Noble-prize winning economist Robert Engle said that a number Indian financial institutions may require significant additional capital in the event of a financial shock.
The majority of financial institutions that show such signs of the need for additional capital were state-owned banks, he said in a talk in Mumbai on Tuesday.
He was speaking at the Dr R H Patil Memorial Lecture 2019 in Mumbai on Tuesday. Engle won the prize in 2003 for his work on a concept called autoregressive conditional heteroskedasticity (ARCH). His work helps researchers and analysts for asset pricing and also as a tool to measure portfolio risk. He won the prize with Clive W J Granger of the University of California at San Diego.
The issue of undercapitalisation could be dealt with through the new bankruptcy code which could help recovery of capital, and have the same effect as recapitalising them, he said. The sale of bad loans could also be an effective way to raise capital, according to him.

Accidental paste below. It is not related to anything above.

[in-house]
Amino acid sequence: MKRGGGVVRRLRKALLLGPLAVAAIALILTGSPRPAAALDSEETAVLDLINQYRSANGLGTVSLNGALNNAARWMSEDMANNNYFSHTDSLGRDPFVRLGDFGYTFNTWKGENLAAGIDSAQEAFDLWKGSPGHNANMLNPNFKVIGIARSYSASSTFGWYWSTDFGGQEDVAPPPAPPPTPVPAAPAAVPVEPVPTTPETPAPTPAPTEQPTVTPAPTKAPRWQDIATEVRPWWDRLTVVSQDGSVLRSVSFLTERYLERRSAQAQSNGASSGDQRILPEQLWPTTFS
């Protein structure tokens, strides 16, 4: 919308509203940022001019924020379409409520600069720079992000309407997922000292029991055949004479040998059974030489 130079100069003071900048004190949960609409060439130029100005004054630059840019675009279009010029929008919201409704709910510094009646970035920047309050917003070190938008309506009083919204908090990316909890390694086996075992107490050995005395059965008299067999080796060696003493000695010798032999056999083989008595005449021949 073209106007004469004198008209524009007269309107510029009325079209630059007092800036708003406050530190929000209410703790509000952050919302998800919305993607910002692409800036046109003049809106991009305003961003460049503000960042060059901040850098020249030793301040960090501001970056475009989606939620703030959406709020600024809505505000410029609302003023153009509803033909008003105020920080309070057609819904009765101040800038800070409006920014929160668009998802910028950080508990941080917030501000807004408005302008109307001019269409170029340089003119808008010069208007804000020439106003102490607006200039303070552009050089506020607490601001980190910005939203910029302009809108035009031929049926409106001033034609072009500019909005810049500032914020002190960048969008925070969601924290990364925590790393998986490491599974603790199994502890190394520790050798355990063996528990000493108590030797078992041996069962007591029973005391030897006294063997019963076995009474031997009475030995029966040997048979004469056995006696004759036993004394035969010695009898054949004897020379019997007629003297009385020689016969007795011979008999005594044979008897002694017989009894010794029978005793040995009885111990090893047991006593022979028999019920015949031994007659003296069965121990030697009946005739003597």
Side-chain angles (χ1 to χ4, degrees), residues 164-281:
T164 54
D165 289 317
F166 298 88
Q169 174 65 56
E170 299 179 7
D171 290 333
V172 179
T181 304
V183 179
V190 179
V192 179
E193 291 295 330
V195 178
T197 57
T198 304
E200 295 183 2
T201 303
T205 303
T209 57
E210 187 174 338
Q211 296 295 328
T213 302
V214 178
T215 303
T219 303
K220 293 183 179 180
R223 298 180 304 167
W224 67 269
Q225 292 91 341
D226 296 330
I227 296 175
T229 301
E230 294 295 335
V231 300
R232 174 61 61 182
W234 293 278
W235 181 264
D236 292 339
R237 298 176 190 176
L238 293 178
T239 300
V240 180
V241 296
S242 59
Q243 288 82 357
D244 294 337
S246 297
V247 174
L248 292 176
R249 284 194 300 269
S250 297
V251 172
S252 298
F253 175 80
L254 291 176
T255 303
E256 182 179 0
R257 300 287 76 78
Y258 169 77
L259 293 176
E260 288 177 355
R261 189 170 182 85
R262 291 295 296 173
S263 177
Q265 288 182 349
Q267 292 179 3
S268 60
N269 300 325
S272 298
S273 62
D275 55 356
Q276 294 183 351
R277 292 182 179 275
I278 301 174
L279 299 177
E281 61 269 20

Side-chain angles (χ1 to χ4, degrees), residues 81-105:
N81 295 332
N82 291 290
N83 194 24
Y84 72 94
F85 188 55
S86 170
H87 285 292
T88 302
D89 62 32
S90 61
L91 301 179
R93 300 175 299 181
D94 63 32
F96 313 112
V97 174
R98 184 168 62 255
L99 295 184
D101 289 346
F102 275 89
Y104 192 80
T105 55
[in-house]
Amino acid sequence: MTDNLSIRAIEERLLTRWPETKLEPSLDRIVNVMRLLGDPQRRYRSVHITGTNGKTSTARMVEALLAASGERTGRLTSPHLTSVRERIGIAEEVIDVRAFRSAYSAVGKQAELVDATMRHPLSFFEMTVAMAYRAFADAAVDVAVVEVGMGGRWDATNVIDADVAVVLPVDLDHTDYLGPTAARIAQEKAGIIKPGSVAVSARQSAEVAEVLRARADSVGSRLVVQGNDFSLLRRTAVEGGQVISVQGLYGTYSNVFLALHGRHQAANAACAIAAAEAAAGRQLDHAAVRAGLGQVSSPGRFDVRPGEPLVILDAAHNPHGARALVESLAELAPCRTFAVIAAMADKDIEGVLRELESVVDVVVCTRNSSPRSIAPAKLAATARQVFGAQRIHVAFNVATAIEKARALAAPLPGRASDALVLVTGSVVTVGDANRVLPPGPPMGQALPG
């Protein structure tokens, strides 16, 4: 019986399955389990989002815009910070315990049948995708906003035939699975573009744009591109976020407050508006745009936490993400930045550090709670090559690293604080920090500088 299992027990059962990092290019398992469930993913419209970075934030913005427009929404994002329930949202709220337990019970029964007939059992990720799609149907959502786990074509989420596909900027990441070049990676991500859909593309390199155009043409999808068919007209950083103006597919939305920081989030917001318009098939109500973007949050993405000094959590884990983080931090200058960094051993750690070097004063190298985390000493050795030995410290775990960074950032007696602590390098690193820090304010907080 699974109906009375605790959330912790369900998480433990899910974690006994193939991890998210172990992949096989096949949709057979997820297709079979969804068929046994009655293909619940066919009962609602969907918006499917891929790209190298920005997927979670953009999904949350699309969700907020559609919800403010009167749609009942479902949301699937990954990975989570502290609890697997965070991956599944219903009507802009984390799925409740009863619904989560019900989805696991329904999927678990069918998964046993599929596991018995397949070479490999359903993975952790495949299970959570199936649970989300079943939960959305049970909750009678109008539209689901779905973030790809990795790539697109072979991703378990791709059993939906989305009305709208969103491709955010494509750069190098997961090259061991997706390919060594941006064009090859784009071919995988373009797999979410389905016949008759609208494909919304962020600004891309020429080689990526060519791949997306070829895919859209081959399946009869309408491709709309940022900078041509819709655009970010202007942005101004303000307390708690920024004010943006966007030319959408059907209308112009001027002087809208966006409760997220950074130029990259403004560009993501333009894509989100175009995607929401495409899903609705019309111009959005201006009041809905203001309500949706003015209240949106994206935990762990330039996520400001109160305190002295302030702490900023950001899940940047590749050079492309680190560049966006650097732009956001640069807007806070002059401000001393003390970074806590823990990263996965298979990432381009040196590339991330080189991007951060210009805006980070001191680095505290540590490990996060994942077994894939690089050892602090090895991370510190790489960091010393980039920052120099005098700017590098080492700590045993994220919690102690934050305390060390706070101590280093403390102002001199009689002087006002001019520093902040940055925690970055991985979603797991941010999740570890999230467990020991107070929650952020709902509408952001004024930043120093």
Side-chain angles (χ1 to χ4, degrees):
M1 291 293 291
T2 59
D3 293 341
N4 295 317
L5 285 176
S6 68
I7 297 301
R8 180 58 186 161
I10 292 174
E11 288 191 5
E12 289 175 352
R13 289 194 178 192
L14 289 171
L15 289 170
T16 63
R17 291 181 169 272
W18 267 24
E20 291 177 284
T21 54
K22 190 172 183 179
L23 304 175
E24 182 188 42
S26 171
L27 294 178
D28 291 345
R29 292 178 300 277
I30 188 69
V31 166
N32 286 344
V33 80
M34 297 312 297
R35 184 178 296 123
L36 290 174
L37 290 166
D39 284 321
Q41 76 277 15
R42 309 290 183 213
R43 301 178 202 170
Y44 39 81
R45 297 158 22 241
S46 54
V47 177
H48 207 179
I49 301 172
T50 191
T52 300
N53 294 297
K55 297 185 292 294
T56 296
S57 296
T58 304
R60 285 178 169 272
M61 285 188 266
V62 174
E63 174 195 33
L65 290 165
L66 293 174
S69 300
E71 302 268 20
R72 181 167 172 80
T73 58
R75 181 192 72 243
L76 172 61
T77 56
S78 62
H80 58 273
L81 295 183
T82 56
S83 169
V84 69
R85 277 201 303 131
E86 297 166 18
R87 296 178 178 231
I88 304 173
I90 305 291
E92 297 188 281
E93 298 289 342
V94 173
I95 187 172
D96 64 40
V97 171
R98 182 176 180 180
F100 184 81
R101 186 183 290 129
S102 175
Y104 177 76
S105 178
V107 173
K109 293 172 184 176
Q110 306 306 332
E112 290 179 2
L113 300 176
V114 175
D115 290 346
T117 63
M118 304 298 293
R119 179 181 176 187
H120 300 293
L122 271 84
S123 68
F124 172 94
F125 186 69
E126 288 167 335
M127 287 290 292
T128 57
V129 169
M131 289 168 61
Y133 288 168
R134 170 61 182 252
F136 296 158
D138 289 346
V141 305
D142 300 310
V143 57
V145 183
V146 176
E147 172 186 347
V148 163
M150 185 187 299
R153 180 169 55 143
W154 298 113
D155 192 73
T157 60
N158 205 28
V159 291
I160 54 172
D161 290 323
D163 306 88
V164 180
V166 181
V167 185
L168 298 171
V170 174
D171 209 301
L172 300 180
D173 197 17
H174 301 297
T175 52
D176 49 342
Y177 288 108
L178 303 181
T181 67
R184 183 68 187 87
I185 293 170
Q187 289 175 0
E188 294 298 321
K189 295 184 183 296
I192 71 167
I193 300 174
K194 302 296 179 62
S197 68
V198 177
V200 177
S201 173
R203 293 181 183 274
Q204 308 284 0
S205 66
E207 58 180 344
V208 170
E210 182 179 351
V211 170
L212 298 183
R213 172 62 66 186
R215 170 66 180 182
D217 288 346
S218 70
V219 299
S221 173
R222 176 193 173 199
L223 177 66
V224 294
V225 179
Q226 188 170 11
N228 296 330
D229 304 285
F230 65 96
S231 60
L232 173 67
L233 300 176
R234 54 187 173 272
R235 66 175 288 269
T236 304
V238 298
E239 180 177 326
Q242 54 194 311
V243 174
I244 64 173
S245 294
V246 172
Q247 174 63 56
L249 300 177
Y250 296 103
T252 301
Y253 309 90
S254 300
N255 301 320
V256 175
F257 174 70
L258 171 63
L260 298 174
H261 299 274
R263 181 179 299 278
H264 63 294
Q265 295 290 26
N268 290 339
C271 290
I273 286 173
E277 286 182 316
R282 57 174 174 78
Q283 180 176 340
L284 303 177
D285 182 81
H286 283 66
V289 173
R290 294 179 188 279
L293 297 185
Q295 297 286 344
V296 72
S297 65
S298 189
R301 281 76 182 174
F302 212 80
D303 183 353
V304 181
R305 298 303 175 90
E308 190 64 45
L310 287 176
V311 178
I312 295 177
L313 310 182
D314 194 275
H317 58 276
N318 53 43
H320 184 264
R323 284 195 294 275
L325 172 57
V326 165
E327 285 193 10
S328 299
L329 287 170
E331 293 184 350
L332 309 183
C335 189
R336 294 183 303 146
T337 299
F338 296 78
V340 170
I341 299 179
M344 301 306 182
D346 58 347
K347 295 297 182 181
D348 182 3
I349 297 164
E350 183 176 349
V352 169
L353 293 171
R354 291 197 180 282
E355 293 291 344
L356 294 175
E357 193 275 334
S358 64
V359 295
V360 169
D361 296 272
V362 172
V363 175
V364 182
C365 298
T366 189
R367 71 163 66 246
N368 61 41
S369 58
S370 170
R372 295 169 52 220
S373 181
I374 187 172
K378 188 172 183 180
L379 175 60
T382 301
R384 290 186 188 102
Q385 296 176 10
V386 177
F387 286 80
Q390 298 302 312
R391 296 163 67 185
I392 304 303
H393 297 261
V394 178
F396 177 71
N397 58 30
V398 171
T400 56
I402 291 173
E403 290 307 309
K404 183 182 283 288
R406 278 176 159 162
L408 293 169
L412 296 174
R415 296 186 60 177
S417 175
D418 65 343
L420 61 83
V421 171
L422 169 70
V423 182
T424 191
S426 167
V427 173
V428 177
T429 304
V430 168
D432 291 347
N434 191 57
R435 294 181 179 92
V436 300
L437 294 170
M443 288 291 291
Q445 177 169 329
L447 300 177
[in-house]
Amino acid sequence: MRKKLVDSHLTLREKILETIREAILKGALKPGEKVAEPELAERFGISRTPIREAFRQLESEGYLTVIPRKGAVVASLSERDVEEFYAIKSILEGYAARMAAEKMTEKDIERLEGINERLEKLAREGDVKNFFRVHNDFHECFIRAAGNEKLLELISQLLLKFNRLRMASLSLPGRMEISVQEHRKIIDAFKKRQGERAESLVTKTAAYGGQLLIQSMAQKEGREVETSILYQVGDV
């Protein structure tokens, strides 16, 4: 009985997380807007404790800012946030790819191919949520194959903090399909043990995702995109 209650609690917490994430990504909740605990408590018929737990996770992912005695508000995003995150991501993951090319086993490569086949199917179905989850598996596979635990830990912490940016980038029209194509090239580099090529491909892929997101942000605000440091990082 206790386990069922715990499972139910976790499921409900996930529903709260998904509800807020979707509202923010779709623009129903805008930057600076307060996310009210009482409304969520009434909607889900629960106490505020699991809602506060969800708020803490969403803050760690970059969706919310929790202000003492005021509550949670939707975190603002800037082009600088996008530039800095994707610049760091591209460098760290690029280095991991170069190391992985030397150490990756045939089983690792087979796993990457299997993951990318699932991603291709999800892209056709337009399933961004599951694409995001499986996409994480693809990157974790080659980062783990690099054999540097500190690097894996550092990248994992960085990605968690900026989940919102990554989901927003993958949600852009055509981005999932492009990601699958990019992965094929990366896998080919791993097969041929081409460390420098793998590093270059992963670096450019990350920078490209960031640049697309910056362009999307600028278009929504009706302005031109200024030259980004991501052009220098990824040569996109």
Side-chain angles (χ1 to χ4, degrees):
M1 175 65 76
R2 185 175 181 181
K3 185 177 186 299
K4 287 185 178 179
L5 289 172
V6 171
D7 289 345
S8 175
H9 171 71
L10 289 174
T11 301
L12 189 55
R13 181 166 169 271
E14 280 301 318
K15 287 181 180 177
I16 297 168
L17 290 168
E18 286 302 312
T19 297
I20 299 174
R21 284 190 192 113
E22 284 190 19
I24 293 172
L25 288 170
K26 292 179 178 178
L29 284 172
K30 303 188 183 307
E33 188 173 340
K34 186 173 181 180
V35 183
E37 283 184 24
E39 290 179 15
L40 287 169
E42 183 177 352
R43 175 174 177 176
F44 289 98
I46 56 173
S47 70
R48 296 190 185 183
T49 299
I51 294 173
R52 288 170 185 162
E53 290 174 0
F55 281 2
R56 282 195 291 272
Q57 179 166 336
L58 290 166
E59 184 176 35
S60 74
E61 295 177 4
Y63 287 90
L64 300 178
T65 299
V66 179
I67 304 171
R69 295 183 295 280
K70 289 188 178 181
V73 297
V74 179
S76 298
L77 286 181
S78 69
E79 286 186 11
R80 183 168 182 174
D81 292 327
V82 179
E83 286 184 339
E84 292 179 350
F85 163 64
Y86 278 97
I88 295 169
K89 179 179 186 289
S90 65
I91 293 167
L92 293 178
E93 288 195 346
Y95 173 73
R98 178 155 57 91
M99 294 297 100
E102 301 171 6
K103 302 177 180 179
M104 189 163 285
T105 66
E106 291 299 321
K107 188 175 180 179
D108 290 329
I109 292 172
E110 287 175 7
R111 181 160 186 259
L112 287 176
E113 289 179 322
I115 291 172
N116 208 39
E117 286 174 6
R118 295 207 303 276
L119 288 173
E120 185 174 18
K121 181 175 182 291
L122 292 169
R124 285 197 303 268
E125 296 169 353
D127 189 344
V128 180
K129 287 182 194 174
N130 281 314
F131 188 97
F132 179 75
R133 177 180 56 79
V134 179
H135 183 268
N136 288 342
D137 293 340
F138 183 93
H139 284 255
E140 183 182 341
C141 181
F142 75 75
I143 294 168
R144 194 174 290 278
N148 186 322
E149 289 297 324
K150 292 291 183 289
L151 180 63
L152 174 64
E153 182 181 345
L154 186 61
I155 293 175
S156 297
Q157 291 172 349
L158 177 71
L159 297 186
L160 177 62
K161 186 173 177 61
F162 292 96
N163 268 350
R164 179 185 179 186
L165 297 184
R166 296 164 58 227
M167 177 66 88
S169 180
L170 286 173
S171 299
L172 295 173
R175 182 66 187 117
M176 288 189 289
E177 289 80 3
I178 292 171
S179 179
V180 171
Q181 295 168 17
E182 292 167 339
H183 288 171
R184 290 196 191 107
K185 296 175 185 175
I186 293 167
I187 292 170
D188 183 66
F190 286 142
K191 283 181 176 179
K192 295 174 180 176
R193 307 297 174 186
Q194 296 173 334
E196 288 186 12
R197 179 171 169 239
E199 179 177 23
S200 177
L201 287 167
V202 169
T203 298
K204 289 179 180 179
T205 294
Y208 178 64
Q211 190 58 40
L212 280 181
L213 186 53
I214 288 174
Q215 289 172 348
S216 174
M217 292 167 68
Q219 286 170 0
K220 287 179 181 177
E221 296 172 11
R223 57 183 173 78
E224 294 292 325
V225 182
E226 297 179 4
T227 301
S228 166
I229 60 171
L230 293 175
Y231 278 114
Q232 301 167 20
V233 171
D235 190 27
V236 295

"That's another strategy," he said, though the market for such distressed loans would also have to be developed, he indicated.
A lot of the volatility in markets may be because of geopolitical risk, suggested Engle, speaking about another area of his research. Many indicators suggest that this risk is high. This is also the view going by commentary in the media. But the markets don't seem to reflect it, he pointed out. This is in contrast to the measure of financial risk as measured by the undercapitalisation of financial institutions, which is extremely high across many key markets and in Asia in particular.
His work has previously highlighted a tendency to focus on short-term risks in financial risk management.
Financial risk management are generally focused on short-term risks rather than long-term risks, and arguably this was an important component of the recent financial crisis, he said in 'Long-Term Skewness and Systemic Risk', published in the Journal of Financial Econometrics in 2011. The paper suggested that 'short- and long-run risk can be separately measured'. Failure to pay attention to long-term risk may have explained the financial crisis as investors and institutions increased leverage and allocated capital to illiquid assets such as subprime Collateralized Debt Obligation (CDOs) since both strategies involved low short-term risk.
Engle currently works as Director of the NYU Stern Volatility Institute. He is also the Co-Founding President of the non-profit Society for Financial Econometrics (SoFiE).